“Daddy, what happens if U.S. soldiers come for us? What will we do?”

My father rubbed me on the back and consoled me. “It can’t happen again. Never.” Shortly after that, I dozed off. For months that followed, I was obsessed with the Holocaust. It was a young boy’s quest to understand the nature of human hatred and why Jewish people were at the center of it. And despite my father’s claims that the Holocaust would never happen again, I remained terrified of Nazis.

Every time I heard heavy footsteps, I immediately associated them to the thunderous goose-steps of Nazi soldiers marching in sync… One evening, I was standing at the top of a set of stairs leading down to the dark basement of a synagogue. I heard the unmistakable boom of a set of shoes coming up the stairs. Like a frenzied deer, I turned to run only to smack into my father’s belly and fall flat backwards. I turned back, heart pounding, to see that it was only a group of affluent, well-dressed women wearing derby hats. Imagine that, a child bested by his own imagination.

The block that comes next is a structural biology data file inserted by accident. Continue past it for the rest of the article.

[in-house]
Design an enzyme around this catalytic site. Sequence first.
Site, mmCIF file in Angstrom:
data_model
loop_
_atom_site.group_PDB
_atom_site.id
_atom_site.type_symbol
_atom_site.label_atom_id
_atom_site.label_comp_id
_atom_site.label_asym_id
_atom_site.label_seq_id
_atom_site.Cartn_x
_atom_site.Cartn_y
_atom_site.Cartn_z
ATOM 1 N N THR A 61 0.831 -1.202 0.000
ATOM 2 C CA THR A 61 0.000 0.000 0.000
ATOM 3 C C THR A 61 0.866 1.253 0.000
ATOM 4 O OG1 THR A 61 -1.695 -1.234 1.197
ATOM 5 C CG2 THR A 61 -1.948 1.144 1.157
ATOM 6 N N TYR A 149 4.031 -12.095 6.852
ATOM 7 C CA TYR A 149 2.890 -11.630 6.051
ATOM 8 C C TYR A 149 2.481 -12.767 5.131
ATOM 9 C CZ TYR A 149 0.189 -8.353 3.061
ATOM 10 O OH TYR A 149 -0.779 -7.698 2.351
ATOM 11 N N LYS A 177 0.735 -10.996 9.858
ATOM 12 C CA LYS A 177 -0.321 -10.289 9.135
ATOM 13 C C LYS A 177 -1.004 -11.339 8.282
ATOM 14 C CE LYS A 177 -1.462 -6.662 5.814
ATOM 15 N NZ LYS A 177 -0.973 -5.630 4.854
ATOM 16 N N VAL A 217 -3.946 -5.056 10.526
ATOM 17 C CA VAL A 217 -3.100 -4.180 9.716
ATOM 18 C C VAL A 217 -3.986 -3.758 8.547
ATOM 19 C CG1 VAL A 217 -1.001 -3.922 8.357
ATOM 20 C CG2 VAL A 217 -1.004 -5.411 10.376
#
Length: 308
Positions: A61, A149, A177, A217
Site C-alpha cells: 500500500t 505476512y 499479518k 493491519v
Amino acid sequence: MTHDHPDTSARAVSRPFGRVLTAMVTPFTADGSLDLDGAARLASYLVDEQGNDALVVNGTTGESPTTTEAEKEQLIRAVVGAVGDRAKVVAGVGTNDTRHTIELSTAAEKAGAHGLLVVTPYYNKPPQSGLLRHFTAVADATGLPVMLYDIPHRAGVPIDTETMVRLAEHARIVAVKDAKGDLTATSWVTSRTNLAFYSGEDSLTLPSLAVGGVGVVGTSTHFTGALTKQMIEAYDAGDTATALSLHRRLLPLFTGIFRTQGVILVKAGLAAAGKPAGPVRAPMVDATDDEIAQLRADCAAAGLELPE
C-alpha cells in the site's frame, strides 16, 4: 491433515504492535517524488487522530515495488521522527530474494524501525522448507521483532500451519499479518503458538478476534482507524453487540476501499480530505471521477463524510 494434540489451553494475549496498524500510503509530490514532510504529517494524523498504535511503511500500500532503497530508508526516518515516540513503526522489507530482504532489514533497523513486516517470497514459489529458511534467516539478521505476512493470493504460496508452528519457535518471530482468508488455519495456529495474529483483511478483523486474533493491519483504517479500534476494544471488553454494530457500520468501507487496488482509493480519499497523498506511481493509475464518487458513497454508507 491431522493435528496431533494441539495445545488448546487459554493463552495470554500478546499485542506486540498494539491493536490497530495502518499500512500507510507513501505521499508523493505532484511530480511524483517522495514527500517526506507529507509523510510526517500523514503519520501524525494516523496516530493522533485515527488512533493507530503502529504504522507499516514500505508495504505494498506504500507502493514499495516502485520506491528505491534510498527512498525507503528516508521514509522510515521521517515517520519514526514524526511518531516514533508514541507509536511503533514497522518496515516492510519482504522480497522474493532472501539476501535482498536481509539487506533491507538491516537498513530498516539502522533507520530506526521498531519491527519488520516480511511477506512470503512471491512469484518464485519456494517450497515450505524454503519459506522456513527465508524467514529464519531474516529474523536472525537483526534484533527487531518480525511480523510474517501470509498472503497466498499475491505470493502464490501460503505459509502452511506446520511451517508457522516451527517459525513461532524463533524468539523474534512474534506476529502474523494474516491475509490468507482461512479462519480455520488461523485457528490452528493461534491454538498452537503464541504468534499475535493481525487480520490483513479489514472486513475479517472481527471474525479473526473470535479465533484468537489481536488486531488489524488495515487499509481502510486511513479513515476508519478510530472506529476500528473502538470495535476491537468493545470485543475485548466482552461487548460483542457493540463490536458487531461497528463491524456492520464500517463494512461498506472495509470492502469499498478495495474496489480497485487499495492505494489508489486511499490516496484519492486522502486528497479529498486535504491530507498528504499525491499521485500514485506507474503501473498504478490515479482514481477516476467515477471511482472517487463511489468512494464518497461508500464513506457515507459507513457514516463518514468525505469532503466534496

That synagogue was Tree of Life. On October 27th, 2018 (24 years later) an armed anti-semite man gunned down Cecil Rosenthal on that same stairwell as he screamed, “All Jews must die!" Cecil’s brother, David was killed rushing to help him.

What was their crime?

What judge, jury or government has determined that one’s very existence necessitates a murder sentence? Cecil and David, what were they guilty of? How does one construe in their mind that it is their responsibility to take into their own hands the murder of Bernice and Sylvan Simon, Jerry Rabinowiz, and Joyce Feinberg?

If you asked me 25 years ago, I would have told you… “bad people.” But today, my response is a bit more complicated. You see, after graduating from RIT, I lived in world of compliance… I spent a great deal of time investigating internal cases for a Fortune 500 company, tracking down violations of federal and state laws whether they were intentional or not. And what I can tell you is this… everyone believes they are the good guy.